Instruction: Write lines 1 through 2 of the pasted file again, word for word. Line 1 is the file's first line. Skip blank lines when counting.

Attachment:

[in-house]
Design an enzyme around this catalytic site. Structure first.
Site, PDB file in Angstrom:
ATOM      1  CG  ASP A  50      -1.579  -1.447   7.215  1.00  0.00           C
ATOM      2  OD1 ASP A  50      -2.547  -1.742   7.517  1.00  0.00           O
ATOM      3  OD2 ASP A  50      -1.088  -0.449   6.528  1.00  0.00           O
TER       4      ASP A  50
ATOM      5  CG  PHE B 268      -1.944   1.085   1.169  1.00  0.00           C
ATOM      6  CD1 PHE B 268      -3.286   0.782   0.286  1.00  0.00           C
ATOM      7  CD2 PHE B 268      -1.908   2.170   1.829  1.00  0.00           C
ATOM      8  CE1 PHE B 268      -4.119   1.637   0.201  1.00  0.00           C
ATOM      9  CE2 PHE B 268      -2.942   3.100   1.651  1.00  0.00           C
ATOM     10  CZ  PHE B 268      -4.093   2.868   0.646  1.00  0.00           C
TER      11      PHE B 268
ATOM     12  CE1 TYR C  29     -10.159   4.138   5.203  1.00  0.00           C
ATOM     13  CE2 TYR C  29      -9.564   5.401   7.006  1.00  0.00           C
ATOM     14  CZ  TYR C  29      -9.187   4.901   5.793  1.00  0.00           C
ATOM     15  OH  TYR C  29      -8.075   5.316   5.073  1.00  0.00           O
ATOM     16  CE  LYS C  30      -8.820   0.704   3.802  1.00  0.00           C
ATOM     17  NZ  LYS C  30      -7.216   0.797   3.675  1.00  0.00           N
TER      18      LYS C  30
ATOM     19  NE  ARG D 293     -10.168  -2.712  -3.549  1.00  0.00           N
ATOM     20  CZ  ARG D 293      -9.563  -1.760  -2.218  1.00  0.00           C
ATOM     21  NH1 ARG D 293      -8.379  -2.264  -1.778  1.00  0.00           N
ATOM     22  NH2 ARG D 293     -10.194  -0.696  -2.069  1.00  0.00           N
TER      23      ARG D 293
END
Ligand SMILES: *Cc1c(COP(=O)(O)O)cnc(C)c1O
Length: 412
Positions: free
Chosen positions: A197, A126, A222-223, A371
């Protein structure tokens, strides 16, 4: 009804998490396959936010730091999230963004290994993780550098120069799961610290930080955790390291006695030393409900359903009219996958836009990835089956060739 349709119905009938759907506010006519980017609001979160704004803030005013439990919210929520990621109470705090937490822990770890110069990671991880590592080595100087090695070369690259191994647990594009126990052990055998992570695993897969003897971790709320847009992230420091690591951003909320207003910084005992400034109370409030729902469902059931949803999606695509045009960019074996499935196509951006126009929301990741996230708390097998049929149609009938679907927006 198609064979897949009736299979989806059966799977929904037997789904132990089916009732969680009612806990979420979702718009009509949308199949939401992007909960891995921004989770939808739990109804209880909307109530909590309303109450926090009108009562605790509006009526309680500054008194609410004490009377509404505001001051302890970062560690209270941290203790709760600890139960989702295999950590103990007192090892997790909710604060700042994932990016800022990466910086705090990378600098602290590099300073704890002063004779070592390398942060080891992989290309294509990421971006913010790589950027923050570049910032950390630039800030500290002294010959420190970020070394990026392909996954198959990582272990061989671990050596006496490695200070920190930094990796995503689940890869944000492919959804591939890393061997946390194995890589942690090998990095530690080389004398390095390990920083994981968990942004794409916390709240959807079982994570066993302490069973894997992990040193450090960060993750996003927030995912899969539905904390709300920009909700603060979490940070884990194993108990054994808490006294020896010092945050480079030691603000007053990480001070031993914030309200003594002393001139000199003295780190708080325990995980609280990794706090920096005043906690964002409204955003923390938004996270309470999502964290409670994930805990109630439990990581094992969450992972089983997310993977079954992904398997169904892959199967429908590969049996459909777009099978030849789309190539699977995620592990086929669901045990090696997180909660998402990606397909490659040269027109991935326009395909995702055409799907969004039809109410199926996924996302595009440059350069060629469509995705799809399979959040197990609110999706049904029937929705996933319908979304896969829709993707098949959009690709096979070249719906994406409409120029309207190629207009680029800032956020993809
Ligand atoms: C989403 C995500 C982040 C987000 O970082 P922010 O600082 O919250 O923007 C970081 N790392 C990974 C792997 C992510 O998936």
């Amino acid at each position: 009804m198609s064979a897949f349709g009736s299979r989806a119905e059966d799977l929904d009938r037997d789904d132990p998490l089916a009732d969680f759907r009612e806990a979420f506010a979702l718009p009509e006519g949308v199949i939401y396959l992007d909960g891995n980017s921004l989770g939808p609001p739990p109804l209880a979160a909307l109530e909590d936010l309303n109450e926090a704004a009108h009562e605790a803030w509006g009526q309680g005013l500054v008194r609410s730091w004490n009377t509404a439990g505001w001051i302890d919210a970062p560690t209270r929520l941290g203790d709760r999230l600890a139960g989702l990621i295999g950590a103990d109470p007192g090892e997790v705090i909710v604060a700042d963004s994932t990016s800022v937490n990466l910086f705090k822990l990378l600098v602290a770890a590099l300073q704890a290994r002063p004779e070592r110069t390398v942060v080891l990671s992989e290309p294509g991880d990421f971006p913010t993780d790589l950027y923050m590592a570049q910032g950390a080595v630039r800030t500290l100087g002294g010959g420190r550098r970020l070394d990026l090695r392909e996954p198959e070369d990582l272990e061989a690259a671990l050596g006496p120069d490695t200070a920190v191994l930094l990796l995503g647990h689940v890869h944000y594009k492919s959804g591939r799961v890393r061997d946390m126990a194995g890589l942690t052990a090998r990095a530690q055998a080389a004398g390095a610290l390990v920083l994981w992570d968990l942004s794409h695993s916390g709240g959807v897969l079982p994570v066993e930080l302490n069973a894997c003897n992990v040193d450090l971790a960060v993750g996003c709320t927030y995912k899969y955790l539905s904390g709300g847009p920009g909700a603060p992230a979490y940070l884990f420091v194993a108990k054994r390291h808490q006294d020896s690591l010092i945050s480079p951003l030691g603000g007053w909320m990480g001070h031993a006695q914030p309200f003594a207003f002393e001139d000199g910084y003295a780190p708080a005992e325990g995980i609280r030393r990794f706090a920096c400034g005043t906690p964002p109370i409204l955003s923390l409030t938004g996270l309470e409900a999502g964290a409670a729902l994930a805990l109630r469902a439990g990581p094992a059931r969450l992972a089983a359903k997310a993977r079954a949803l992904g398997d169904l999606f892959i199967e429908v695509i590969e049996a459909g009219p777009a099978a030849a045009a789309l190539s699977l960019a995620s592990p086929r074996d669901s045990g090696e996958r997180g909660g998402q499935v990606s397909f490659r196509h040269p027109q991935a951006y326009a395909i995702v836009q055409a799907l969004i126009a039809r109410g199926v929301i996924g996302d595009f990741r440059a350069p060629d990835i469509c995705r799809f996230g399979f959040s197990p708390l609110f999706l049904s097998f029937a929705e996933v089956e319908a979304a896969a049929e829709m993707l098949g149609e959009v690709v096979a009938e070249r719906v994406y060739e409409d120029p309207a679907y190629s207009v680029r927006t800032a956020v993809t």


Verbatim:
[in-house]
Design an enzyme around this catalytic site. Structure first.